04/18/2005
09/25/2006
AK1570028646 Eielson Air Force Base Fairbanks North Star Groundwater contains lead and volatile organic compounds (VOCs) such as benzene, xylene, and toluene (BTEX compounds). Several areas of subsurface petroleum-contaminated soil and floating petroleum product are the sources of continuing groundwater contamination.[20][21] 07/14/1989 11/21/1989
09/30/1998
AK6210022426 Fort Wainwright Fairbanks North Star Groundwater and soil contaminated with solvents, petroleum products, pesticides, fuel additives, lead and polynuclear aromatic hydrocarbons (PAHs). Sediments contain PAHs and low level pesticides.[22][23] 07/14/1989 08/30/1990
09/27/2002
AK0001897602 Salt Chuck Mine Outer Ketchikan Water and sediments in Kasaan Bay and Lake Ellen Creek contaminated with heavy metals from mine tailings.[24][25] 09/23/2009 03/04/2010

See also[edit]

References[edit]

  1. ^ P.L. 96-510, 42 U.S.C. §§ 96019675), December 11, 1980.
  2. ^ a b c d "National Priorities List". United States Enivironmental Protection Agency. Retrieved April 25, 2010. 
  3. ^ "Proposed NPL sites". EPA. Retrieved May 1, 2010.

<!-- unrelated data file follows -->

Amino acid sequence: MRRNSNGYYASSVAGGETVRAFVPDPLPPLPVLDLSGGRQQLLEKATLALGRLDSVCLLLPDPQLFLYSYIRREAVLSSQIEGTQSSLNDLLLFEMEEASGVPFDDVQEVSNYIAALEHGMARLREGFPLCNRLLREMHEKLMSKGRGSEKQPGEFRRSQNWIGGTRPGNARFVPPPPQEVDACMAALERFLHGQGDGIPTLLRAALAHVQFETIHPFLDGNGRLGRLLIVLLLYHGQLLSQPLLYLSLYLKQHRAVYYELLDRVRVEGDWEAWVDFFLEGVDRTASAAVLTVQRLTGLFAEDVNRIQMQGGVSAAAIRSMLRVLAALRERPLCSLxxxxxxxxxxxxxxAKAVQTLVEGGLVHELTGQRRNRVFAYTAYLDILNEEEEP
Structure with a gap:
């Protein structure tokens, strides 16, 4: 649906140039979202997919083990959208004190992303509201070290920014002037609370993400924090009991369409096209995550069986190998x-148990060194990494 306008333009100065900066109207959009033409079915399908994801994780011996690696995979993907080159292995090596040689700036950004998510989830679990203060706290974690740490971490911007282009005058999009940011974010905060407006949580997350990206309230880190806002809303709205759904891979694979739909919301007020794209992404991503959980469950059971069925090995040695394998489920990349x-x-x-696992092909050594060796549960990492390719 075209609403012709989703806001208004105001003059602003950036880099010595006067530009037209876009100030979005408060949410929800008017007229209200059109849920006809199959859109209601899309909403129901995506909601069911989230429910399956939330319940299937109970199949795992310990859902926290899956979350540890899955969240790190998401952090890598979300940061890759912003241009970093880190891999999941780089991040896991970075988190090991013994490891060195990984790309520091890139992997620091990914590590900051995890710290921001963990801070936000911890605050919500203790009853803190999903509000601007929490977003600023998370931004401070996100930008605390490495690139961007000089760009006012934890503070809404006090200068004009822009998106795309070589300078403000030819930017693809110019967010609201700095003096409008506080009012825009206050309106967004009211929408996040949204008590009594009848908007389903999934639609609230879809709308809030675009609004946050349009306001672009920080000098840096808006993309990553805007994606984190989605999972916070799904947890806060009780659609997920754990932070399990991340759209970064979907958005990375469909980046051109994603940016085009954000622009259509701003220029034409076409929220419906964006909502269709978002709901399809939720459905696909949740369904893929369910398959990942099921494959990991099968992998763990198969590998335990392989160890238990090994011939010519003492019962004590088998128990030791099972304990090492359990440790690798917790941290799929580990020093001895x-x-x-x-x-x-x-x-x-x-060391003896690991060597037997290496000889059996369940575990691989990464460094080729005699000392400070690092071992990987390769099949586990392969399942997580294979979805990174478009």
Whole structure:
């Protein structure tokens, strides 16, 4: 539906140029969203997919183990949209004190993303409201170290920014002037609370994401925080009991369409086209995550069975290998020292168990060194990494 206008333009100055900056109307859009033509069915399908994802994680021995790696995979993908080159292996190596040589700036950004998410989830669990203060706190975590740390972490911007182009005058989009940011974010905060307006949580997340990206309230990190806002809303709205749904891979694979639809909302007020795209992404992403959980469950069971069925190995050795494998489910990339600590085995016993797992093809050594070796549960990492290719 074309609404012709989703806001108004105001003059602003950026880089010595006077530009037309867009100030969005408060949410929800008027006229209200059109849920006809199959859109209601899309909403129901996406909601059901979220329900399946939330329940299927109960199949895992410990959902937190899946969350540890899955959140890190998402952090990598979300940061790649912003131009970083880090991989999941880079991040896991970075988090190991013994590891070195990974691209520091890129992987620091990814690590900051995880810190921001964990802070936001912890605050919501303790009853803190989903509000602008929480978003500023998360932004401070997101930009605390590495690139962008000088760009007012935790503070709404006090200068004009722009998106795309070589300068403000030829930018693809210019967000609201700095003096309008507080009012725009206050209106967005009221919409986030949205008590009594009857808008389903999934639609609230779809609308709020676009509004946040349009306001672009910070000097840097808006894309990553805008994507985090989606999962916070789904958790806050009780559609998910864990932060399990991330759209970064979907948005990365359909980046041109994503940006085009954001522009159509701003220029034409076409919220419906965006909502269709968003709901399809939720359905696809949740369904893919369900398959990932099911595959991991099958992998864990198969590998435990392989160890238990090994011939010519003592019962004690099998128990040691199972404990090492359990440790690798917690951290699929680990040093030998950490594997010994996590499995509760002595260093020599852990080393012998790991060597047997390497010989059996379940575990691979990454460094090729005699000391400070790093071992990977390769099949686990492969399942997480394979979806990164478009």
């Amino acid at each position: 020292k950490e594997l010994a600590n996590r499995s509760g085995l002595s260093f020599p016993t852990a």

4. ^ "Final NPL sites". EPA. Retrieved May 1, 2010. 
  5. ^ "Construction Completions at NPL sites". EPA. Retrieved May 1, 2010. 
  6. ^ "Partial deletions at NPL sites". EPA. Retrieved May 1, 2010. 
  7. ^ "Deleted NPL sites". EPA. Retrieved May 1, 2010. 
  8. ^ "Adak Naval Air Station Superfund site progress profile". EPA. Retrieved April 25, 2010. 
  9. ^ "Adak Naval Air Station Superfund site description". EPA. Retrieved April 25, 2010. 
  10. ^ "Elmendorf Air Force Base Superfund site progress profile". EPA. Retrieved April 25, 2010. 
  11. ^ "Elmendorf Air Force Base Superfund site description". EPA. Retrieved April 25, 2010. 
  12. ^ "Fort Richardson Superfund site progress profile". EPA. Retrieved April 25, 2010. 
  13. ^ "Fort Richardson Superfund site description". EPA. Retrieved April 25, 2010. 
  14. ^ "Standard Steel & Metals Salvage Yard Superfund site progress profile". EPA. Retrieved April 25, 2010. 
  15. ^ "Standard Steel & Metals Salvage Yard Superfund site description". EPA. Retrieved April 25, 2010. 
  16. ^ "Alaska Battery Enterprises Superfund site progress profile". EPA. Retrieved April 25, 2010. 
  17. ^ "Alaska Battery Enterprises Superfund site description". EPA. Retrieved April 25, 2010. 
  18. ^ "Arctic Surplus Superfund site progress profile". EPA. Retrieved April 25, 2010. 
  19. ^ "Arctic Surplus Superfund site description". EPA. Retrieved April 25, 2010. 
  20. ^ "Eielson Air Force Base Superfund site progress profile". EPA. Retrieved April 25, 2010. 
  21. ^ "Eielson Air Force Base Superfund site description". EPA. Retrieved April 25, 2010. 
  22. ^ "Fort Wainwright Superfund site progress profile". EPA. Retrieved April 25, 2010. 
  23. ^ "Fort Wainwright Superfund site description". EPA. Retrieved April 25, 2010. 
  24. ^ "Salt Chuck Mine Superfund site progress profile". EPA. Retrieved April 25, 2010. 
  25. ^ "Salt Chuck Mine Superfund site description". EPA. Retrieved April 25, 2010. 

External links[edit]